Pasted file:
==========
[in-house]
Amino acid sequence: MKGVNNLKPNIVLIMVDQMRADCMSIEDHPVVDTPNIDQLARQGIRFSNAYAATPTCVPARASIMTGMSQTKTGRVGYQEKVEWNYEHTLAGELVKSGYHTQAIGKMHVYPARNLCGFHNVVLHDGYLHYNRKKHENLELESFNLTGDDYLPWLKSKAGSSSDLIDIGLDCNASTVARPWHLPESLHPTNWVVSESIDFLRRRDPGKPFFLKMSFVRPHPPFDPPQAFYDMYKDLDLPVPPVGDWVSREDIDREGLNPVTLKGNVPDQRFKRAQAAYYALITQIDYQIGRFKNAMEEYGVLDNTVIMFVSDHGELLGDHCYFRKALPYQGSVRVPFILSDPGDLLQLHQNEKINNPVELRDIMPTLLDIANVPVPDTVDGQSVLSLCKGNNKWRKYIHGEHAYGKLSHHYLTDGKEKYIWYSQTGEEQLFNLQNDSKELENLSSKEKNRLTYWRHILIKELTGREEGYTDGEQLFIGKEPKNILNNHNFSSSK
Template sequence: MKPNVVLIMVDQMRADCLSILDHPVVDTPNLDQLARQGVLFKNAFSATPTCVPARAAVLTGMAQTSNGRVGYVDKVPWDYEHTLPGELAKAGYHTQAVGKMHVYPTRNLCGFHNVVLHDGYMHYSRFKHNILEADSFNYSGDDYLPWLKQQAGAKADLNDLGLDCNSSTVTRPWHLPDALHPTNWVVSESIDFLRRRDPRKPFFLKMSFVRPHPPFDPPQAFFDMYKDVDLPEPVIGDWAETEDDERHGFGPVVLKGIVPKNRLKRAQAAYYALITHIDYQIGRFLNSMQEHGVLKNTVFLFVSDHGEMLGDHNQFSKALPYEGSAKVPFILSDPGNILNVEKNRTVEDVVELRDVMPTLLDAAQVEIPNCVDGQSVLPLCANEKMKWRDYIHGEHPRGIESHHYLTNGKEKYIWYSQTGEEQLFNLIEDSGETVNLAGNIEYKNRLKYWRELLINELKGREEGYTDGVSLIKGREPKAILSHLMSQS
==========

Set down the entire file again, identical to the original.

[in-house]
Amino acid sequence: MKGVNNLKPNIVLIMVDQMRADCMSIEDHPVVDTPNIDQLARQGIRFSNAYAATPTCVPARASIMTGMSQTKTGRVGYQEKVEWNYEHTLAGELVKSGYHTQAIGKMHVYPARNLCGFHNVVLHDGYLHYNRKKHENLELESFNLTGDDYLPWLKSKAGSSSDLIDIGLDCNASTVARPWHLPESLHPTNWVVSESIDFLRRRDPGKPFFLKMSFVRPHPPFDPPQAFYDMYKDLDLPVPPVGDWVSREDIDREGLNPVTLKGNVPDQRFKRAQAAYYALITQIDYQIGRFKNAMEEYGVLDNTVIMFVSDHGELLGDHCYFRKALPYQGSVRVPFILSDPGDLLQLHQNEKINNPVELRDIMPTLLDIANVPVPDTVDGQSVLSLCKGNNKWRKYIHGEHAYGKLSHHYLTDGKEKYIWYSQTGEEQLFNLQNDSKELENLSSKEKNRLTYWRHILIKELTGREEGYTDGEQLFIGKEPKNILNNHNFSSSK
Template sequence: MKPNVVLIMVDQMRADCLSILDHPVVDTPNLDQLARQGVLFKNAFSATPTCVPARAAVLTGMAQTSNGRVGYVDKVPWDYEHTLPGELAKAGYHTQAVGKMHVYPTRNLCGFHNVVLHDGYMHYSRFKHNILEADSFNYSGDDYLPWLKQQAGAKADLNDLGLDCNSSTVTRPWHLPDALHPTNWVVSESIDFLRRRDPRKPFFLKMSFVRPHPPFDPPQAFFDMYKDVDLPEPVIGDWAETEDDERHGFGPVVLKGIVPKNRLKRAQAAYYALITHIDYQIGRFLNSMQEHGVLKNTVFLFVSDHGEMLGDHNQFSKALPYEGSAKVPFILSDPGNILNVEKNRTVEDVVELRDVMPTLLDAAQVEIPNCVDGQSVLPLCANEKMKWRDYIHGEHPRGIESHHYLTNGKEKYIWYSQTGEEQLFNLIEDSGETVNLAGNIEYKNRLKYWRELLINELKGREEGYTDGVSLIKGREPKAILSHLMSQS